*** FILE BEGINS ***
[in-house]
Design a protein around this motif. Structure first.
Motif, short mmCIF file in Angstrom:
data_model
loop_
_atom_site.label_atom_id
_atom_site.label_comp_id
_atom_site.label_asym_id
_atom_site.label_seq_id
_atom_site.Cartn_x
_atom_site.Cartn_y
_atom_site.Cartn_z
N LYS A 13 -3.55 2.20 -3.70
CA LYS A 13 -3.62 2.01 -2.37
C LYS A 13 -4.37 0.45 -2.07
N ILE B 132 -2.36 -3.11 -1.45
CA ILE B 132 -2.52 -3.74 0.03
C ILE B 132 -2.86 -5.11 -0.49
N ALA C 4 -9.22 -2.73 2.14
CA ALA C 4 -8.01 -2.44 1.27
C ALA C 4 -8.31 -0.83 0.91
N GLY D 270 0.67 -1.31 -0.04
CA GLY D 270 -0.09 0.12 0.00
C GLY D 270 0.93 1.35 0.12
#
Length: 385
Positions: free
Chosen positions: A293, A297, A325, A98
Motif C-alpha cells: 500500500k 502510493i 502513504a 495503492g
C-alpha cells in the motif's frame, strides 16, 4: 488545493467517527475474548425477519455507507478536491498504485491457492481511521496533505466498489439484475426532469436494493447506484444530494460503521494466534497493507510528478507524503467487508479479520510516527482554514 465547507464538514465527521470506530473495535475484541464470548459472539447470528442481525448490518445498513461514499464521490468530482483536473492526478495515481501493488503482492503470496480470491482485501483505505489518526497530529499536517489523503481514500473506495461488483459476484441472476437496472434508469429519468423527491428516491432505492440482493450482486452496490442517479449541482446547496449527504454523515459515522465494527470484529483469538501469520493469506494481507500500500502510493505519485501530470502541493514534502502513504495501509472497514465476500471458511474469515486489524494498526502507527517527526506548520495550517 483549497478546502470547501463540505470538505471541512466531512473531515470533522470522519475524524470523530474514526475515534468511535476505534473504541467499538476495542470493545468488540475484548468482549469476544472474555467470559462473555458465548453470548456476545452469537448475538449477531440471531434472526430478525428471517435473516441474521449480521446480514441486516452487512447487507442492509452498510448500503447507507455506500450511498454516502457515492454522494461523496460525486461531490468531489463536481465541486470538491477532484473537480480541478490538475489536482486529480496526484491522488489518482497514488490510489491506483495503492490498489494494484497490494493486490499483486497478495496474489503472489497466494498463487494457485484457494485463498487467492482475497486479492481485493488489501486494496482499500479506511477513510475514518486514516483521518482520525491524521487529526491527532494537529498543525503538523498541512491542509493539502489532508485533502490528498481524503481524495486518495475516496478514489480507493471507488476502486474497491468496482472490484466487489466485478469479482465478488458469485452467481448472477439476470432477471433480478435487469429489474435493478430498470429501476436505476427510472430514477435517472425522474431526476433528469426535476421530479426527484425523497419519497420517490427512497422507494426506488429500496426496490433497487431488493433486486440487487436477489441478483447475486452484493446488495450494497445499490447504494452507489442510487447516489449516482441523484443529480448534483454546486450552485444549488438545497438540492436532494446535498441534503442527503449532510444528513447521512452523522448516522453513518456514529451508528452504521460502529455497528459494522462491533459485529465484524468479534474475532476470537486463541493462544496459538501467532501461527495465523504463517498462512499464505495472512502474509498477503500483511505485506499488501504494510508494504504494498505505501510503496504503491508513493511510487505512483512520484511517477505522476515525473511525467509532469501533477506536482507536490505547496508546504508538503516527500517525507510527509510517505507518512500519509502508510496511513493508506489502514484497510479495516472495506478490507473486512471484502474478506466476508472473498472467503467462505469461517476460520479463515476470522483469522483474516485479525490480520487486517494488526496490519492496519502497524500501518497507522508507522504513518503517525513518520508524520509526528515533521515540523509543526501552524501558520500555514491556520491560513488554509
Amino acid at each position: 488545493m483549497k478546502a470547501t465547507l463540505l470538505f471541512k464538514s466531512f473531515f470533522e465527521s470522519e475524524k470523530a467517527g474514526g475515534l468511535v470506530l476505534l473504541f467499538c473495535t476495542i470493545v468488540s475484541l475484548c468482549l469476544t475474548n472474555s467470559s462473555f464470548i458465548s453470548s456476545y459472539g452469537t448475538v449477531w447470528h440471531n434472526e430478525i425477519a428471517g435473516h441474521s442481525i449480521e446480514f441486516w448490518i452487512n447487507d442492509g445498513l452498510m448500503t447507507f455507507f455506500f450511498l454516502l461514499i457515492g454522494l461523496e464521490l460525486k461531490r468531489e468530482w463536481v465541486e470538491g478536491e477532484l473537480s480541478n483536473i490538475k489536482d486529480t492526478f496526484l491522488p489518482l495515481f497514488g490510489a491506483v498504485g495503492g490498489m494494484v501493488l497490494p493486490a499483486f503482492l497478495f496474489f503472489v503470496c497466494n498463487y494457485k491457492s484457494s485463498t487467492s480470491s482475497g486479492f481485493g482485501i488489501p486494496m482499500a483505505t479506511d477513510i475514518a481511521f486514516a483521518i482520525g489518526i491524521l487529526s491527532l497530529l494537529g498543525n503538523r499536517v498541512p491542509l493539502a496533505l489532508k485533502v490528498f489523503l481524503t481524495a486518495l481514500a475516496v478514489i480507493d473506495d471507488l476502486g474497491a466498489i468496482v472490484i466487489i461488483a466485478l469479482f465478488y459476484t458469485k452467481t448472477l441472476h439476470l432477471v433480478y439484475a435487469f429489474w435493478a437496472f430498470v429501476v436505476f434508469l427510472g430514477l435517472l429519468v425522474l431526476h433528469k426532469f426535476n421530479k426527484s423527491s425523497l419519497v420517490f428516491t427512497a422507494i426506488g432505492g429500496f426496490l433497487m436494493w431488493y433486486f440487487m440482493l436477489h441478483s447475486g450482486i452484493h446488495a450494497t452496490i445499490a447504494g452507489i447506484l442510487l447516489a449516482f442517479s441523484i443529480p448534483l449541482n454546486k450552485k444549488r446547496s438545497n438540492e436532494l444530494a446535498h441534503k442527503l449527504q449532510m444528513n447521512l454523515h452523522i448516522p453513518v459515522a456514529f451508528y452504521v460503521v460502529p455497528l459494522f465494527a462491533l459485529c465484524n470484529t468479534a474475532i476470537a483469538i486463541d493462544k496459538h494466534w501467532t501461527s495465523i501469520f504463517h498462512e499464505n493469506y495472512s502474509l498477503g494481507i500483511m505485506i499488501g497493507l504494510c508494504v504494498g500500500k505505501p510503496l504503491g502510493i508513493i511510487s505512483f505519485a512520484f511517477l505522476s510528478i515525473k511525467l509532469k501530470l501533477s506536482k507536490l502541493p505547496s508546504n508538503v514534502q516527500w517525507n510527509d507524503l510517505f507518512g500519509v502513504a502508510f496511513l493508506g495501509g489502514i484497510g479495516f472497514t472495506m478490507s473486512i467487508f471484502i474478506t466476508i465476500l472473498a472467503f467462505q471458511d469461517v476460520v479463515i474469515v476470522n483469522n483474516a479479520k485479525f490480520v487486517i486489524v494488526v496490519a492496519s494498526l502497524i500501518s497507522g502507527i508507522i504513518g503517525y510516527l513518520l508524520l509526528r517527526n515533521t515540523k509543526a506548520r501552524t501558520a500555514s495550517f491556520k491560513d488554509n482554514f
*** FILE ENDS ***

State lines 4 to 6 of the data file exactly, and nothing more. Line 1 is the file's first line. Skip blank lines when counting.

data_model
loop_
_atom_site.label_atom_id